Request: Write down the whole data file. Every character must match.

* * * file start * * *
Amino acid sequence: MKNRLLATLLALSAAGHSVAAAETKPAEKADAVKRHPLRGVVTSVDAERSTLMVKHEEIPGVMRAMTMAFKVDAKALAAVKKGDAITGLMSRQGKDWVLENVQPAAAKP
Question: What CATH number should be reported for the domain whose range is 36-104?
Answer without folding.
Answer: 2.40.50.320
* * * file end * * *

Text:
Amino acid sequence: MKNRLLATLLALSAAGHSVAAAETKPAEKADAVKRHPLRGVVTSVDAERSTLMVKHEEIPGVMRAMTMAFKVDAKALAAVKKGDAITGLMSRQGKDWVLENVQPAAAKP
Question: What CATH number should be reported for the domain whose range is 36-104?
Answer without folding.
Answer: 2.40.50.320